A security vendor survey has suggested that most Australians use the internet for bill-paying and personal banking but don't take adequate precautions against online threats.
Security vendor Symantec hired a company called Bread and Butter Research and Planning to do the poll of about 300 consumers in Australia and 200 in New Zealand, aged 18 to 55.
All respondents used the internet at home for non business purposes, Symantec said in a statement.
The poll found that most respondents used the internet "mostly" for email, personal banking and paying bills. Seeking information from directories, on hobbies, travel, entertainment, downloading music and shopping were secondary uses.
"Seventy-five per cent of the total respondents pass their personal details, such as bank accounts, credit card or tax file numbers, over the internet," Symantec said.
Of those claiming to have software protection 35 per cent did not feel properly protected and 27 per cent didn’t know, the company said.
"Sixteen per cent of the total respondents do not take any proactive steps to check for online fraud," it added. "New Zealand users are less likely to make any regular checks."
Some 19 per cent of respondents had no security software at all and didn’t know when pre-installed lapses occurred, Symantec said.
Yet some 52 per cent of the total respondents perceived online security risks to have increased, with 24 per cent limiting their internet activity due to related concerns, the poll found.
Some 20 per cent of the total respondents had visited a fraudulent website. Another 40 per cent were unsure whether or not they had ever visited a fraudulent website, the poll found.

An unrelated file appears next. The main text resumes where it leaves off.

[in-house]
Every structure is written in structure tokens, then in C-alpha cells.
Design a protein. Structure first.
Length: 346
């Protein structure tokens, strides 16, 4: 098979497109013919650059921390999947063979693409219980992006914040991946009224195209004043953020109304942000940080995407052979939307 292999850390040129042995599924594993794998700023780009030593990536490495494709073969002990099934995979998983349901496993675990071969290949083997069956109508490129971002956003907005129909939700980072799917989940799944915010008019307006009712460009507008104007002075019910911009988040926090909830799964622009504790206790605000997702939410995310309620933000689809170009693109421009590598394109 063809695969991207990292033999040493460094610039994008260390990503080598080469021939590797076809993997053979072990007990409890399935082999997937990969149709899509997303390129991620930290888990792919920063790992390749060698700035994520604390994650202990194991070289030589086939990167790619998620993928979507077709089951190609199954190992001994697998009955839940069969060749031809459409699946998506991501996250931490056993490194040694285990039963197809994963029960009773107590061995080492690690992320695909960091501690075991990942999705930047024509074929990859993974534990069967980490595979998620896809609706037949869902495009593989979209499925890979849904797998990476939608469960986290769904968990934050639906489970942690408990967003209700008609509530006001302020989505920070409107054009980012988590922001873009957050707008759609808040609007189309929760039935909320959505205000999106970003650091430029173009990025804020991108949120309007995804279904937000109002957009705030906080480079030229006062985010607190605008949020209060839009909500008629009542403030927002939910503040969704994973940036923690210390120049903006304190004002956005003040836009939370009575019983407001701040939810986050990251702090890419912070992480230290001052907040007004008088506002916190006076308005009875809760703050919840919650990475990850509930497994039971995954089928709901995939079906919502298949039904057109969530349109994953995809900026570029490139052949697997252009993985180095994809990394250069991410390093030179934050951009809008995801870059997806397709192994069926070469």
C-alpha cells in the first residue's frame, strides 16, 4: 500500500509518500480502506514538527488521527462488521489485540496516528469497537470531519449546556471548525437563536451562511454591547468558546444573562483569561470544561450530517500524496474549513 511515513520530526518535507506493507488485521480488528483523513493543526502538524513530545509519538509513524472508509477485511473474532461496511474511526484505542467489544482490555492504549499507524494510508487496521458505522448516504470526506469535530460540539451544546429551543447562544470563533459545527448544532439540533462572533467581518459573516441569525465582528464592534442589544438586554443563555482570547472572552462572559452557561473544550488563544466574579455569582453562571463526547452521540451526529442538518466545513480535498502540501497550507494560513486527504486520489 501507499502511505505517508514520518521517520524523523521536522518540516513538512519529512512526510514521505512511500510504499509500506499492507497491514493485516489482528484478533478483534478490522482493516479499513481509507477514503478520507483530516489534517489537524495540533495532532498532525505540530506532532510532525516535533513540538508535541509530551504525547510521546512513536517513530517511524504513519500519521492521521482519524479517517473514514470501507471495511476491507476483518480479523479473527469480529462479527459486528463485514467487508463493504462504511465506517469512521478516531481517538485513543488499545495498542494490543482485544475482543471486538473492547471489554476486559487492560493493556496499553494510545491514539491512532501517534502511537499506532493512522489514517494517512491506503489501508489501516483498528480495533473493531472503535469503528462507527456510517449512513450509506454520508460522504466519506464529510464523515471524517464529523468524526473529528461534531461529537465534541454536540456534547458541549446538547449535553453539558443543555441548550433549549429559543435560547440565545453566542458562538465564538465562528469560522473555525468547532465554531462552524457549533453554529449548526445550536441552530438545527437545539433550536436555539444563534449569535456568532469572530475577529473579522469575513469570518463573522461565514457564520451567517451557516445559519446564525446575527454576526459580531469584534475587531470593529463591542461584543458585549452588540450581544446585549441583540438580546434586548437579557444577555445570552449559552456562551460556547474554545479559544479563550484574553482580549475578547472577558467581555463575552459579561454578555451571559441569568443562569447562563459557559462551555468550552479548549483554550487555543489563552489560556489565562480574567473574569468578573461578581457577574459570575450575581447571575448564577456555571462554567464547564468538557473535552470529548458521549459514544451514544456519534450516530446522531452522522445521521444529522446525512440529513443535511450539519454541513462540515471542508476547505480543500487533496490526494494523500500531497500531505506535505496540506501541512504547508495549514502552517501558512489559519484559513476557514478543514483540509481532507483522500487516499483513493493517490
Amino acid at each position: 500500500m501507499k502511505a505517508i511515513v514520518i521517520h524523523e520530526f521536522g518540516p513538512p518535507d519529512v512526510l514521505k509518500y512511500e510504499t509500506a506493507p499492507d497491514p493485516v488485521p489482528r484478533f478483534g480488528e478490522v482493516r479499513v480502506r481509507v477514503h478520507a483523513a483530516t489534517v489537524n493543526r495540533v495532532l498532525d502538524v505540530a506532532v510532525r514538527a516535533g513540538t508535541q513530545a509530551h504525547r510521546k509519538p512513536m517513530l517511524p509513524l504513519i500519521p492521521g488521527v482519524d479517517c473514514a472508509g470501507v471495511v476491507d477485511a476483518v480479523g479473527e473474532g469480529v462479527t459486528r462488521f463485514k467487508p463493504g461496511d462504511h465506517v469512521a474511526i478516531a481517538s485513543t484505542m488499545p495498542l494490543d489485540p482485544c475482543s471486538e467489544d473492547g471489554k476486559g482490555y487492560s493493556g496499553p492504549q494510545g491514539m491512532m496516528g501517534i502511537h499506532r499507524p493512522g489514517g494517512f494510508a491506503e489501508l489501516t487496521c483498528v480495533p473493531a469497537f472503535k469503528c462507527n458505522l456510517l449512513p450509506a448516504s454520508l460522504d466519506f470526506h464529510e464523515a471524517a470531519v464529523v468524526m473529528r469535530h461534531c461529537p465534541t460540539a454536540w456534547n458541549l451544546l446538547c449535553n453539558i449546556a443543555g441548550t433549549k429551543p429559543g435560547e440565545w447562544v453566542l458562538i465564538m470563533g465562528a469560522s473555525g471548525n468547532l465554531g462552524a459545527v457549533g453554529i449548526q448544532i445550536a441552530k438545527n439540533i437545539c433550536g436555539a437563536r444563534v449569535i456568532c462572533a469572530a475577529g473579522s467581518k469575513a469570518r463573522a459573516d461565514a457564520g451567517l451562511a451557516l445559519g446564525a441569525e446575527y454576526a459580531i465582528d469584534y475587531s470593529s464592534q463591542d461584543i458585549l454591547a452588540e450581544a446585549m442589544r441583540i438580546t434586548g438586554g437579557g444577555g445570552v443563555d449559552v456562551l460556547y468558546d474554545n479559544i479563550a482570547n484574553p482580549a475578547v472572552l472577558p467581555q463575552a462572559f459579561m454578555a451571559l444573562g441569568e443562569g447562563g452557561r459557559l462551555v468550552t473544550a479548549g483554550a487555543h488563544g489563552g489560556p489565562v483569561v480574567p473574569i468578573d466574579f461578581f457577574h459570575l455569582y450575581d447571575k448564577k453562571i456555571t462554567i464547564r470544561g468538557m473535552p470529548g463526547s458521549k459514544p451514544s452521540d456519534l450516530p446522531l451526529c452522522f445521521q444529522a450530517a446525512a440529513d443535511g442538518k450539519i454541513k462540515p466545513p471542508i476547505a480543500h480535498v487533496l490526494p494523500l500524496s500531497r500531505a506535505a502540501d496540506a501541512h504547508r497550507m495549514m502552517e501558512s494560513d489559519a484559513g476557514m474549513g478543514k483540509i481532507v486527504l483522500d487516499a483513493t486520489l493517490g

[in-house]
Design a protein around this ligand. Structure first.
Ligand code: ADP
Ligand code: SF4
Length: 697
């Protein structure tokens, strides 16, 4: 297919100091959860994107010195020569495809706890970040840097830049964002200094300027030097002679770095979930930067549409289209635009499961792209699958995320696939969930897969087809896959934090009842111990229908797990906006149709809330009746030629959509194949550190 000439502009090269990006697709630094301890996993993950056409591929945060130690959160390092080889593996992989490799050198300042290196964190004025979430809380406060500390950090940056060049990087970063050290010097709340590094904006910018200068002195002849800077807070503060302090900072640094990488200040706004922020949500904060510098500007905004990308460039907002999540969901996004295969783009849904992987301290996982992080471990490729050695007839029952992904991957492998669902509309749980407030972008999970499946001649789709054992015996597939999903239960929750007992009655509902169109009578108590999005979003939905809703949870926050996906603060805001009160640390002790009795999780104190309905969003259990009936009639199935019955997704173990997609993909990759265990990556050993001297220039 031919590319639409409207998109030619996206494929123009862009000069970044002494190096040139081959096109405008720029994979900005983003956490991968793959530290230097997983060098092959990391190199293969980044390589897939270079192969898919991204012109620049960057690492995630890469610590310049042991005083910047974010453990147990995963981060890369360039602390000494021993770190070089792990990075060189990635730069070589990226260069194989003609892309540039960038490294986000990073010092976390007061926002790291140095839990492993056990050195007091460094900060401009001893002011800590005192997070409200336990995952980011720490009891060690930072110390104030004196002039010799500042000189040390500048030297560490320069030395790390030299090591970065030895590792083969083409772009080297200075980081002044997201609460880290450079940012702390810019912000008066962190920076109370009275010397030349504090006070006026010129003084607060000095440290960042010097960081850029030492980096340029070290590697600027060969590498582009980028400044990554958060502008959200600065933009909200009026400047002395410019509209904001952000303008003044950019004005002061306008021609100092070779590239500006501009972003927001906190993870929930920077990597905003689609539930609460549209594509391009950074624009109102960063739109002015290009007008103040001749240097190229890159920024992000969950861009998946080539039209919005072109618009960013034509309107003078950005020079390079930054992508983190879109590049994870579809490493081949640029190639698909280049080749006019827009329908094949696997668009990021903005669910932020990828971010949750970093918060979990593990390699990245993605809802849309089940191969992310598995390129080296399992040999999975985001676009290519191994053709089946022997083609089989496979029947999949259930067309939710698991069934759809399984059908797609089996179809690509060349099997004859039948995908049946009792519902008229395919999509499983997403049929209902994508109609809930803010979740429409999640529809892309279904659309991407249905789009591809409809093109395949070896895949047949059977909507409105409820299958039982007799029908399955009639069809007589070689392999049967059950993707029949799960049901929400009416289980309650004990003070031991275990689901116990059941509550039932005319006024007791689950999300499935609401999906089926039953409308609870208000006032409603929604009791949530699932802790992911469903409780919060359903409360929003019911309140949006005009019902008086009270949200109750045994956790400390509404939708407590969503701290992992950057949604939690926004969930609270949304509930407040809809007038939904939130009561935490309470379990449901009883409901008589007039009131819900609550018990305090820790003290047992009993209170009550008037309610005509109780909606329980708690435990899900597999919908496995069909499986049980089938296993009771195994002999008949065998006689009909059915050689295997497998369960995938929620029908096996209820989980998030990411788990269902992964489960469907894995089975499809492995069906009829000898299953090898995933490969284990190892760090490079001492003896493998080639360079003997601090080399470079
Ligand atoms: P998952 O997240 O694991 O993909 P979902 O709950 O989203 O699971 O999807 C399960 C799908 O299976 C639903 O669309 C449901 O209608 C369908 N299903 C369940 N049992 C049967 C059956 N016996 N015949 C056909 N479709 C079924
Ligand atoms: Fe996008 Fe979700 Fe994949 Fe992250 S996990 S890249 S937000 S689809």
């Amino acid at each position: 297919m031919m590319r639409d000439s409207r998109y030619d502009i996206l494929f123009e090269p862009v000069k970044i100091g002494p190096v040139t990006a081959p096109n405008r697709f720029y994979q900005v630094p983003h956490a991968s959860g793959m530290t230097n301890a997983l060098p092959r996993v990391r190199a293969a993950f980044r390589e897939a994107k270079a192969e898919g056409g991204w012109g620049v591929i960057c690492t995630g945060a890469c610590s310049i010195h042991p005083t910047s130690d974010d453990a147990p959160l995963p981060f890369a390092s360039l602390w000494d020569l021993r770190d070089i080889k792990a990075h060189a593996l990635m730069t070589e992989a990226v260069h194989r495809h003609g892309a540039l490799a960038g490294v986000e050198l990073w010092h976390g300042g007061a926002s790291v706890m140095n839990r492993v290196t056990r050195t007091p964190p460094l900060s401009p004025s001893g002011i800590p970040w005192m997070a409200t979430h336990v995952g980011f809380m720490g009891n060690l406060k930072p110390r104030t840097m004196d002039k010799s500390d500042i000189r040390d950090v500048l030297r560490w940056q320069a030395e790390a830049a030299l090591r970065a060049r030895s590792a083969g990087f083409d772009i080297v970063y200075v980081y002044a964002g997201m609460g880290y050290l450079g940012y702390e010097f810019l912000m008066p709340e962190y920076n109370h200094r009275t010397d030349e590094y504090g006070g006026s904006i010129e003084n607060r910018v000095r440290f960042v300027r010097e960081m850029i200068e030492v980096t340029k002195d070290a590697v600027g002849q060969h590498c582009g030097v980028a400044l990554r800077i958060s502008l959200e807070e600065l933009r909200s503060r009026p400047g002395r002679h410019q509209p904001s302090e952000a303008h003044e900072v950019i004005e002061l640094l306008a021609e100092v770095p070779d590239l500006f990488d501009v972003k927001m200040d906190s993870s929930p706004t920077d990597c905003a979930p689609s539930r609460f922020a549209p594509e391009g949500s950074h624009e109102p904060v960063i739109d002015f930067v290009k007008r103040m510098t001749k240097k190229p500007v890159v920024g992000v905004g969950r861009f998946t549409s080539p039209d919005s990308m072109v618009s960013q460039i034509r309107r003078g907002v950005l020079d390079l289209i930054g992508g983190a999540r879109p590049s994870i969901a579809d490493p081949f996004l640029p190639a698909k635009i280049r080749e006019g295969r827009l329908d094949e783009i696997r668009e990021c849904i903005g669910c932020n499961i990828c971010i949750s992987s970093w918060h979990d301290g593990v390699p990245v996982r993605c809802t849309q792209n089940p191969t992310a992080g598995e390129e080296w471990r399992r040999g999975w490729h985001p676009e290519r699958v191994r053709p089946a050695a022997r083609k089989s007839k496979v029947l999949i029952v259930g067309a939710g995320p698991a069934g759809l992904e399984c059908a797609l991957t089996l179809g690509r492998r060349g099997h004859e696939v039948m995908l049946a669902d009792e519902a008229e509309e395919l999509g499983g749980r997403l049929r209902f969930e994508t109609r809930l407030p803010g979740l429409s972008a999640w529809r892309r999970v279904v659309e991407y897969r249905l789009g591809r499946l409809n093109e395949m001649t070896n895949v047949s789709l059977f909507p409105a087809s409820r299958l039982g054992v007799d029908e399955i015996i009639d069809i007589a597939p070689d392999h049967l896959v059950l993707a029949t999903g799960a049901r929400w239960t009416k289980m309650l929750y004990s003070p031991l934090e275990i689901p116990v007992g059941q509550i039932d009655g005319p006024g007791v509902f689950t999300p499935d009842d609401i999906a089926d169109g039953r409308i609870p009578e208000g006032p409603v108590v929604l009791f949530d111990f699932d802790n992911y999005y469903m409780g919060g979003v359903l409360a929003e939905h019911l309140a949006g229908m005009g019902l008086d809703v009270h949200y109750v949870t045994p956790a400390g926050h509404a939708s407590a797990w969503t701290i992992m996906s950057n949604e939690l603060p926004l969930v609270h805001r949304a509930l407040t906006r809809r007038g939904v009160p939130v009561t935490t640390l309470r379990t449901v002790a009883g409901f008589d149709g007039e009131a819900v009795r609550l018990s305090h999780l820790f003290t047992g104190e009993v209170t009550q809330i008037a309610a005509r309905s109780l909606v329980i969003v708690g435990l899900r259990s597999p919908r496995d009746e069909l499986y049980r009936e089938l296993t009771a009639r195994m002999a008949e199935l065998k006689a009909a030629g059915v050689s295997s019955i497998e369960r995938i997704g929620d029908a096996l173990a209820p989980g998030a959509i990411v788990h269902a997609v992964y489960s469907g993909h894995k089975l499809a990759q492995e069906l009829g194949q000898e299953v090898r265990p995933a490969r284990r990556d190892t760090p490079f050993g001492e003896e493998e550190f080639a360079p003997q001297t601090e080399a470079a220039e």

Symantec said concerns about online security risks had affected behaviour. It was possible the respondents would use online services more if they felt safer. Some 75 percent of those polled claimed they avoided downloading material.
"Forty-eight per cent would avoid shopping on certain websites to avoid online security risks, while 18 per cent would avoid shopping online [altogether]," the company said.
Sixty percent said they avoided giving out personal details online. About 52 percent avoided "providing" their email addresses. Some 58 percent steered clear of "certain websites", the vendor said.
"Only one percent of the total respondents claimed not to have experienced any internet issues," Symantec said.
"Ninety-six per cent of respondents claimed they had been affected by spam, 85 per cent by adware, 77 per cent by viruses, 59 per cent by spyware and 44 per cent by phishing."
Fifty-three percent of Australian respondents were "affected" by phishing attacks. In New Zealand, only 30 percent were "affected" by phishing scams.
"Thirty-four per cent of Australians received spam emails more than six times a day, in comparison to New Zealand [that had] only 23 per cent," Symantec said.
Some 60 per cent of Australian respondents had bought security software. Only 47 per cent of New Zealand respondents had bought any. Respondents under the age of 35 were less likely to buy security software, Symantec said.